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Decoding SD

I have had a lot of questions lately about SD cards and what all of those numbers and symbols mean. So, I thought it would be beneficial to provide an overview of these storage devices and explain what all those things mean. First, some background information. Secure Digital Memory Card (aka SD Card) standards are governed by the SD Association. The association was founded by Panasonic, SanDisk and Toshiba, and now has over 1,000 members. Their charter is to develop standards for the SD Memory Cards. This helps maintain compatibility with the devices we use.

The graphic below details the various labeling elements found on a Secure Digital Memory Card.

  • Card Type: This is the type of card. Different card types use different file formats and newer cards won’t work in older card readers. “SD” is the original card type and has a maximum capacity of 2GB. SDHC was next in line and has a capacity between 2GB and 32GB of storage. Finally, SDXC is the latest specification and has a capacity range of 32GB-2TB.
  • Capacity: This denotes the capacity of the card shown in either Gigabytes (GB) or Terabytes (TB).
  • Brand: This is the brand of the card (e.g. SanDisk, Panasonic, etc.).
  • User Label: An area where you can write a special note about the contents of the card. I rarely use this area as the contents change and, if you have multiple cameras, you are better off leaving this one blank.
  • Speed Class Ratings: This is an older speed-class rating. It is redundant to the UHS speed class but many card manufacturers include it as well since many consumer products still recommend products based on the old standard. A class 10 is the fastet of the old speed class ratings and a class 10 card is verified to never write slower than 10 MB/second, class 4 would be never slower than 4 MB/second.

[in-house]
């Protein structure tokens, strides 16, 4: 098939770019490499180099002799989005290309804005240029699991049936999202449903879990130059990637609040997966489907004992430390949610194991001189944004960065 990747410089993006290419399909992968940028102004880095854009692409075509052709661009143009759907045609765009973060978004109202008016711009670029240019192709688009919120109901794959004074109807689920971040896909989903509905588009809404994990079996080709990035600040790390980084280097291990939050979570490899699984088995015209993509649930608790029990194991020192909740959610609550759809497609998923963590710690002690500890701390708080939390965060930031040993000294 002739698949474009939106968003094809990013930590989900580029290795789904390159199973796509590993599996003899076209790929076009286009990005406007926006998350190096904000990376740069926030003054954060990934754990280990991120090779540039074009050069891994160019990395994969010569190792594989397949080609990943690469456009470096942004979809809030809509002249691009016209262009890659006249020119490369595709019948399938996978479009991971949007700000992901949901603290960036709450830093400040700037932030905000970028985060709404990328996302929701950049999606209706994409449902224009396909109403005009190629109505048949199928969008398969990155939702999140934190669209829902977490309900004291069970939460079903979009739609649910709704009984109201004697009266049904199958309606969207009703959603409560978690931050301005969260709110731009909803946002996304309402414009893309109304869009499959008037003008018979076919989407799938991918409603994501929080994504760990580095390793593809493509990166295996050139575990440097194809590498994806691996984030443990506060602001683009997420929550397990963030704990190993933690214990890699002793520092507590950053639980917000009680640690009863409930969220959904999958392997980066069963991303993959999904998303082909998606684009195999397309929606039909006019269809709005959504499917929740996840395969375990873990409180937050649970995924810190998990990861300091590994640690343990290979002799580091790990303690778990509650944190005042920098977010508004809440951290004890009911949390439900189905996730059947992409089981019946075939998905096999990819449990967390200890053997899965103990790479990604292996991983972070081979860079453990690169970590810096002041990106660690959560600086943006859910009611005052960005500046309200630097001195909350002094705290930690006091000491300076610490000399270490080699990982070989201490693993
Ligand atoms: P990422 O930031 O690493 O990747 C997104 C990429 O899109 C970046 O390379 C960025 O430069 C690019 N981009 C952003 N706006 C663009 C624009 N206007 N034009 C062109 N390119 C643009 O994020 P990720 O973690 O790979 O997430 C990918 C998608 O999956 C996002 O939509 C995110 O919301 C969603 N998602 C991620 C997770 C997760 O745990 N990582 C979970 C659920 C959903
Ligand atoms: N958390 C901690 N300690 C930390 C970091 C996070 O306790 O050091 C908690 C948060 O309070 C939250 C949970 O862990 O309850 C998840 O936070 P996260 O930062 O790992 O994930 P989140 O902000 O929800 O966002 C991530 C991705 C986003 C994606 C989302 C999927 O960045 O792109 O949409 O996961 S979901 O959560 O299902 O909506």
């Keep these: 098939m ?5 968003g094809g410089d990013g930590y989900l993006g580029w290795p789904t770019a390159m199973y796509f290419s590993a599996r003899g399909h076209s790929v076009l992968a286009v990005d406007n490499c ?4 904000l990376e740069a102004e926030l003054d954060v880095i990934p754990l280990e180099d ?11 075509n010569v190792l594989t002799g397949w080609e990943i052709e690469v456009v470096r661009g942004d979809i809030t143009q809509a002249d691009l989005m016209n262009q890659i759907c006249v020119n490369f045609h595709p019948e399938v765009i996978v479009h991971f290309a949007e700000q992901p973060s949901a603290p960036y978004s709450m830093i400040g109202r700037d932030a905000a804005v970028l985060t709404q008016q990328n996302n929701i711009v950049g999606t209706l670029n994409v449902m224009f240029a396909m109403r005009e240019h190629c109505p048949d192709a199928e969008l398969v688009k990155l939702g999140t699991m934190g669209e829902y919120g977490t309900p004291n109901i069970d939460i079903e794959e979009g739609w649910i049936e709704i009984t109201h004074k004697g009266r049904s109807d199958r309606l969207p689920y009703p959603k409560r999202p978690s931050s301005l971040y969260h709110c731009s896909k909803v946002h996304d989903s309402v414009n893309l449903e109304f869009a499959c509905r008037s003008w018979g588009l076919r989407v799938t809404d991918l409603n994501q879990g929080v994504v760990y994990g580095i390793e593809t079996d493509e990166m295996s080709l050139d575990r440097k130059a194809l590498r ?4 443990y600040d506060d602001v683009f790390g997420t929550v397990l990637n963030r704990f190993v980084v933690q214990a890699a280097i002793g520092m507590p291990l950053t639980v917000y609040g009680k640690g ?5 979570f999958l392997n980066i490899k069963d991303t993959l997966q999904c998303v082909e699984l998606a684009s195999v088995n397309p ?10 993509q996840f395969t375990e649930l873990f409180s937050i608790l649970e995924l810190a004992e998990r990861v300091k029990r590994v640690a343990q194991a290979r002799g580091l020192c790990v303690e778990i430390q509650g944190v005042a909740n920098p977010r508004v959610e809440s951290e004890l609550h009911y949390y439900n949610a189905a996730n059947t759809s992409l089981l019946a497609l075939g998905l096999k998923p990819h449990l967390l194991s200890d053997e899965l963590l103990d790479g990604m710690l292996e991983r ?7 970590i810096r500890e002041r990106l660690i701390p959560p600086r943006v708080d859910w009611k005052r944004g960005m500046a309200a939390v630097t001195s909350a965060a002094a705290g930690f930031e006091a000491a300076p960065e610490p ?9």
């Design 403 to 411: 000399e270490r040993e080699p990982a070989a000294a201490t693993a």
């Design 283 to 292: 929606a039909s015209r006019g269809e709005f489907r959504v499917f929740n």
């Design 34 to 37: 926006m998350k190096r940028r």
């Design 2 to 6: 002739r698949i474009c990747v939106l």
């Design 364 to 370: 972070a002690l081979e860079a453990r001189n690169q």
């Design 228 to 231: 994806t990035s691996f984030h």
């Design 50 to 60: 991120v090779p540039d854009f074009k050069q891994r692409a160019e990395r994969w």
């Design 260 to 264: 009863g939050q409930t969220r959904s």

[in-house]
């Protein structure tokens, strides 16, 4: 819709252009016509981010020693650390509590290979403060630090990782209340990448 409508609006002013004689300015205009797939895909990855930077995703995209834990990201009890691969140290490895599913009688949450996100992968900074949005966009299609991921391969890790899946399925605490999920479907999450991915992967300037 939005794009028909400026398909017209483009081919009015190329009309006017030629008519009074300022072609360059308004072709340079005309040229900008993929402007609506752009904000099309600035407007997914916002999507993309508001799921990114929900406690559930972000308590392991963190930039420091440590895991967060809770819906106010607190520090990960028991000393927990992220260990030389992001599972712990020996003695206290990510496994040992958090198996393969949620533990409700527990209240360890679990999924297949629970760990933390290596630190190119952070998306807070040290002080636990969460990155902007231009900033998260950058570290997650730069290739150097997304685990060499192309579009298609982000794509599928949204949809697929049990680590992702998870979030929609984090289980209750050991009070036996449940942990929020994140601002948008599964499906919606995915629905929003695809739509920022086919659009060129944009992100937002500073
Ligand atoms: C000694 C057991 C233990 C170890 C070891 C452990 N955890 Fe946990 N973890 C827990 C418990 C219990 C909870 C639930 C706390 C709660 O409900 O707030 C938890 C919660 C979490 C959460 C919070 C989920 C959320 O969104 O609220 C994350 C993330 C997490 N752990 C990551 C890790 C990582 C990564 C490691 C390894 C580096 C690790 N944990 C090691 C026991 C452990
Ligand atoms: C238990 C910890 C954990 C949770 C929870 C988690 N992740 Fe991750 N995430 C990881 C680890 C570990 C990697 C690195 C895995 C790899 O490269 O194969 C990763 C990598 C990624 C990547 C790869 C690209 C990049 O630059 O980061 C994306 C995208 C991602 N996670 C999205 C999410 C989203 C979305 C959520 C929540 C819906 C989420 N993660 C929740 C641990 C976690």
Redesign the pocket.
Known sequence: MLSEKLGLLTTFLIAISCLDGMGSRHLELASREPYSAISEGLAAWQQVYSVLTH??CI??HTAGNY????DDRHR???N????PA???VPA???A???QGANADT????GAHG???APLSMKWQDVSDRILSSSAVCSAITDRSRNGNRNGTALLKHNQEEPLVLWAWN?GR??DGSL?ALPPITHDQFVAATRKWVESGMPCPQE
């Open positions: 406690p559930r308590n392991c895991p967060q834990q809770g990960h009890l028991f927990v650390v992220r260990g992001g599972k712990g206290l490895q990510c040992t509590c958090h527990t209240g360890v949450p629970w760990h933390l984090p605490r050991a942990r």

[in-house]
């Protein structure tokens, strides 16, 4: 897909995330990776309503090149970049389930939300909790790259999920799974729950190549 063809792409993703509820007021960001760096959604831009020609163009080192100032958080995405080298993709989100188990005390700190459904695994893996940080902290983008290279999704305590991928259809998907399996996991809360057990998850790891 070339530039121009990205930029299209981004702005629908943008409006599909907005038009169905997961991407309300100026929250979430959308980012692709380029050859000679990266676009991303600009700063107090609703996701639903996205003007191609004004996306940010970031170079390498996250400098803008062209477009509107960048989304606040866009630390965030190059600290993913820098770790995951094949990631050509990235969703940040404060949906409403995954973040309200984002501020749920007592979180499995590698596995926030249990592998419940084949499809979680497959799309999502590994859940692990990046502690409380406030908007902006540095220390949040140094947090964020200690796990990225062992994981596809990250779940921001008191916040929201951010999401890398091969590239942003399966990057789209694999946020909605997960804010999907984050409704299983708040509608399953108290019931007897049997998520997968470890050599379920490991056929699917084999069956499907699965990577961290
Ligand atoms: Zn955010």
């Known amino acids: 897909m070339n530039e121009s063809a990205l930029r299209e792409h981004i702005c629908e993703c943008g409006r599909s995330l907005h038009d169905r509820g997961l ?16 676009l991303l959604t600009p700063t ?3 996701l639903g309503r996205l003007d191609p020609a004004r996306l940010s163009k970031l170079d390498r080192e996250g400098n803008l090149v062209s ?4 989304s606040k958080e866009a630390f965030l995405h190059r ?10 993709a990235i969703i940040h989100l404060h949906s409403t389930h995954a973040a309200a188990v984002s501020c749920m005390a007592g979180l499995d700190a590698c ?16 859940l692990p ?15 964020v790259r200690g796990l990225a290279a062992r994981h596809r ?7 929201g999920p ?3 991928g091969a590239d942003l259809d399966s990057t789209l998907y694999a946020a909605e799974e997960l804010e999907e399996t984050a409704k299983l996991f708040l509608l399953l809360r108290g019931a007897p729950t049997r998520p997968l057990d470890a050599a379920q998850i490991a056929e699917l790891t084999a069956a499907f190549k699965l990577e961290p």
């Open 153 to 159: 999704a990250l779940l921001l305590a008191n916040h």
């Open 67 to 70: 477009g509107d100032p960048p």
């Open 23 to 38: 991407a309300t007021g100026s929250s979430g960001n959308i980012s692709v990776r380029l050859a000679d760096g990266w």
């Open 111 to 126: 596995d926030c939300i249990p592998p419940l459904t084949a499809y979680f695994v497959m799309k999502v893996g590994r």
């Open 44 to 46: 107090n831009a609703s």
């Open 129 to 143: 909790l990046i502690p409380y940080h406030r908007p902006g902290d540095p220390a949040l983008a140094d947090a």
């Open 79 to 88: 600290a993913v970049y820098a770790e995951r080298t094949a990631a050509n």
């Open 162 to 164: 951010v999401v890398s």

• UHS Speed Class Rating: The UHS rating of a card determines the maximum bus speed at which a card can read, assuming the memory in the card is fast enough to match it. Non-UHS cards max out at 25 MB/s, while UHS-I cards support up to 104 MB/s, and UHS-II cards support up to 312 MB/s. Both the card reader and card must support the same standard to benefit from the increased speeds. UHS cards are backward compatible with older readers—they just won’t be as fast in them.
  • Write Lock: There is a small tab that when placed in the down position will not allow a device to “write” data to the card, thus, protecting the contents. I use this when I fill-up a card in the field when I want to make sure I don’t overwrite the content of the card.
  • Maximum Read Speed: This is the most important piece of information on the card label. It tells you how “fast” the card is. The higher the number the faster the card. This information is written in MB/s (Megabytes per second). In this example, this card can sustainably write data at 95 Megabytes per second.  This is considered a “fast card”.
  • Brand Label: This is another area used by the card manufacturer to place more information about their branding. You will usually see branding information consistent with the card speed. I usually ignore this area and look for the MB/s rating.
  • Another Speed Rating (Not Shown): Sometimes you will see another speed rating like “1000x”. This is another (rather outdated) way of expressing the max read speed. It is based on the read speed of audio CDs at 150 KB/s. You can figure out how fast a 1000x card is in KB/s by multiplying 150 by 1,000 and converting KB/s to MB/s by dividing by 1,000 (the answer is 150 MB/s).

I hope this was helpful. Please use the section below to post your comments, questions or suggestions.

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